Hanshi begins with a lecture about katas, “our most formal form.” He says outsiders call them the dance of karate, but really, the katas are imaginative combat versus multiple attackers. Hanshi talks about strong and weak poses, strong and weak qi, he challenges us to stand like we mean it, to stare like we mean it, to stay focused, focused, focused.
“Sienna, come to the front please,” he says to his daughter. Yudansha karateka are often referred to for demos and examples during a mixed-level class. “Now, show me a reverse punch stance…good. Now loosen your wrist, loosen your elbow. And lock your front leg. There. Do you see how weak this looks?”
“Yes, Sir,” the karateka respond.
“Now, tighten up,” he says to Sienna. Sienna tightens her pose with ease, but her look is completely changed. She is ready for whatever comes her way, which is good, because Hanshi climbs onto her back leg and stands on it with all of his weight. Sienna hardly moves an inch.
“That’s 212 pounds on her and she hardly felt it. That has everything to do with the stance,” Hanshi says, “and her state of mind.”
Later, we practice sidekicks, the tops of our feet slapping into the pads with a satisfying unity of thwaps-thwaps. The sound takes me back almost immediately to rugby practice in college, where we practiced with similar pads and in a similarly intense coaching environment, and I am charged up, smiling from ear to ear, really into it.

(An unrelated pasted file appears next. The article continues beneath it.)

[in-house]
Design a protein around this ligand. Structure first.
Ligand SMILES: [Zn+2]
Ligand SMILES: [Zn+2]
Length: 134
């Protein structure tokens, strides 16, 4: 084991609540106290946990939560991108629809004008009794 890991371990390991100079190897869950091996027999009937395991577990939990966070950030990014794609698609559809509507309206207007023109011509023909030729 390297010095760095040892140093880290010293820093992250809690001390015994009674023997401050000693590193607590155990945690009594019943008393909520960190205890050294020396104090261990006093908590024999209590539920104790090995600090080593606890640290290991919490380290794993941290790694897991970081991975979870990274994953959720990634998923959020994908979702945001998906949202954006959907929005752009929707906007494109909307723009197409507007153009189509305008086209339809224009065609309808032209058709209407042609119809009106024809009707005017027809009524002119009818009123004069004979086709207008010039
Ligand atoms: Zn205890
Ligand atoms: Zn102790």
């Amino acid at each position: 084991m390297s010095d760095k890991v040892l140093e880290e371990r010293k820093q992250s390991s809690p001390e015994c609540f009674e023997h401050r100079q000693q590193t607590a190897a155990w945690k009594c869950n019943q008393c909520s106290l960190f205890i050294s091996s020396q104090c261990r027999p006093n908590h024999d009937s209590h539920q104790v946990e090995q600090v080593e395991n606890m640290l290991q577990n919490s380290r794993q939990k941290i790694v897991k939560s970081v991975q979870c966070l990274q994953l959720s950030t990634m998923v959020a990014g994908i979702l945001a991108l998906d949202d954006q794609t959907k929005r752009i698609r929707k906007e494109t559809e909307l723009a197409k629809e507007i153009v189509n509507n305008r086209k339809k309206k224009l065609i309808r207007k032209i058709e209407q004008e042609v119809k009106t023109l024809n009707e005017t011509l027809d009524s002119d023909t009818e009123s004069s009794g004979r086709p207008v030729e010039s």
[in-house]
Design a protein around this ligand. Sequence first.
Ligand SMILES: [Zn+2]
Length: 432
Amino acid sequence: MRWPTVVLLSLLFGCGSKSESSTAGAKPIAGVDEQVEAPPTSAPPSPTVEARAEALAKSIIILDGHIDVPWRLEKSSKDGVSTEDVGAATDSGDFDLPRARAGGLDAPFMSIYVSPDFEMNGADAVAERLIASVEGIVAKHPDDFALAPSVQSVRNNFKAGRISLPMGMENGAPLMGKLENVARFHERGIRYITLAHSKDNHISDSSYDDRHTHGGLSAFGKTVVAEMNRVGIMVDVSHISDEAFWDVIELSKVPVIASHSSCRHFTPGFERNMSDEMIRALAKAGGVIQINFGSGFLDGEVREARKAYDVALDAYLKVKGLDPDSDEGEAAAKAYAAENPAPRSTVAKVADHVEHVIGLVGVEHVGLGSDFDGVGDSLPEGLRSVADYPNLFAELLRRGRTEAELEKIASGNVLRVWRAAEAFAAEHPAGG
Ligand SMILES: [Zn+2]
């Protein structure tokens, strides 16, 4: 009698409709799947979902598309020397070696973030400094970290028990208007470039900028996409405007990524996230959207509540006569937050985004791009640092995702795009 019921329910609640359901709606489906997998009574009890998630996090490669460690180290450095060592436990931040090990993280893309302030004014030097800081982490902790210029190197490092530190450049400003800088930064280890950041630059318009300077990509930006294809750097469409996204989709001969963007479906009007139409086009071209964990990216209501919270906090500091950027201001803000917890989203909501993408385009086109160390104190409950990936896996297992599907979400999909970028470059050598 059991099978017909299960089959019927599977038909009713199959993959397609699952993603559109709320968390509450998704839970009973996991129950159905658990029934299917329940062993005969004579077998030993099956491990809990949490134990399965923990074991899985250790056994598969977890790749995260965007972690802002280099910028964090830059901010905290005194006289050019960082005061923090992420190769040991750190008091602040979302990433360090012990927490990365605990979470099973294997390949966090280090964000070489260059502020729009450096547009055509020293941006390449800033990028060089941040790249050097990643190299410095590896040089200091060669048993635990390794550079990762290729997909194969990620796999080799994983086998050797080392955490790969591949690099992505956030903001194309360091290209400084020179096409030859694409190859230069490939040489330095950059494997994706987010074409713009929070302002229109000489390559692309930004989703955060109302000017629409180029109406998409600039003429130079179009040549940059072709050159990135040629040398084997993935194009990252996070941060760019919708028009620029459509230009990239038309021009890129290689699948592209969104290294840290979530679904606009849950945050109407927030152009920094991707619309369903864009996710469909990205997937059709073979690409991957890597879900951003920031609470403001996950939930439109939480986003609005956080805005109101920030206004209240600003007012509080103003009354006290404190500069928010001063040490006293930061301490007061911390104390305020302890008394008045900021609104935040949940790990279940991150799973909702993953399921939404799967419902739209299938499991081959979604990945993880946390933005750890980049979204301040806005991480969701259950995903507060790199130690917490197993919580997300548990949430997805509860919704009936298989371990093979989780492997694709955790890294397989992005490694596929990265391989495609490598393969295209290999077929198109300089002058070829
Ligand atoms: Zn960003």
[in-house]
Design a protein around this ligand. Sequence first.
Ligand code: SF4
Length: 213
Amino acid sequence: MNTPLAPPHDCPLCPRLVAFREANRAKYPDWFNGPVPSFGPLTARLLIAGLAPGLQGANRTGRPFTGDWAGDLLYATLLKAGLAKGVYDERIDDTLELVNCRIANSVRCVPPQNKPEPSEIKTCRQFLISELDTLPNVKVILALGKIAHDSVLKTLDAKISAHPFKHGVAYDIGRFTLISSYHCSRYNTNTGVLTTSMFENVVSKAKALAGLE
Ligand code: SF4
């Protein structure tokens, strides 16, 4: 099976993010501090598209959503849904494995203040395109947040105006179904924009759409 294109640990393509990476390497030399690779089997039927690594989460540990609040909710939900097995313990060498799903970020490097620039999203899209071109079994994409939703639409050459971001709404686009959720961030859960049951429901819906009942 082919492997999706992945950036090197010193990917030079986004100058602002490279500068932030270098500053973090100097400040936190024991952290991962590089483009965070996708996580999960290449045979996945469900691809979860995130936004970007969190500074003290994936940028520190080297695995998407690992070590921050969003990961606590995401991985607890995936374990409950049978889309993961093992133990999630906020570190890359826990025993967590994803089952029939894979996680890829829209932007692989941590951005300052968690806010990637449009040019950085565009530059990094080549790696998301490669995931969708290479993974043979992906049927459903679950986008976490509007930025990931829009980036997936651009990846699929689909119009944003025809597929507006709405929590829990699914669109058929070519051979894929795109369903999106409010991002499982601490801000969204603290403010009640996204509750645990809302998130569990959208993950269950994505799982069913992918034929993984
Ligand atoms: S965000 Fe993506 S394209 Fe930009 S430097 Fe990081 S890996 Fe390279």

“What makes a kick?” Hanshi asks, pacing before us.
“A solid surface backed by three consecutive joints, Sir,” we reply.
We practice blocks in unison, combined with a solar plexus punch.
“What’s the first thing a block does?” Hanshi asks.
“Block, Sir,” we reply. He then launches into a speech about how even the readying pose for a block is a block itself, how every movement is useful for something in karate.
With just a few minutes remaining in class, Hanshi teaches us two quick self-defense moves for getting away from an attacker who is strangling us. He demonstrates, explains the rationale, then has us partner up and practice on each other while he moves up and down the line to critique.
“You looked away, now you’re dead,” Hanshi says to one karateka. “Move like you mean it,” he says to another.
At the end of class I am red-face and sweaty and totally in love with this new sport. We take our series of bows and are dismissed, but from across the dojo Hanshi looks at me, points a finger, and indicates for me to walk over to him.
“Yes, sir?” I say.
“Great job tonight,” he says. “You’re a natural. A natural.”
* * *
I walk home up the snowy, icy driveway under a sky that looks cold enough to crack open with a fist, my karate gi buried beneath three layers of clothing to protect against the cold and still, all the way up, I keep my hands on my white belt and smile at this great adventure. It feels as though all the fruition of living in this house on the side of the mountain is starting to come forth. It has been six months and finally, I am reaching a sense of quiet, a sense of bodily confidence and determination, and perhaps, on the cusp of some greater changes in myself. I feel invigorated. Grateful.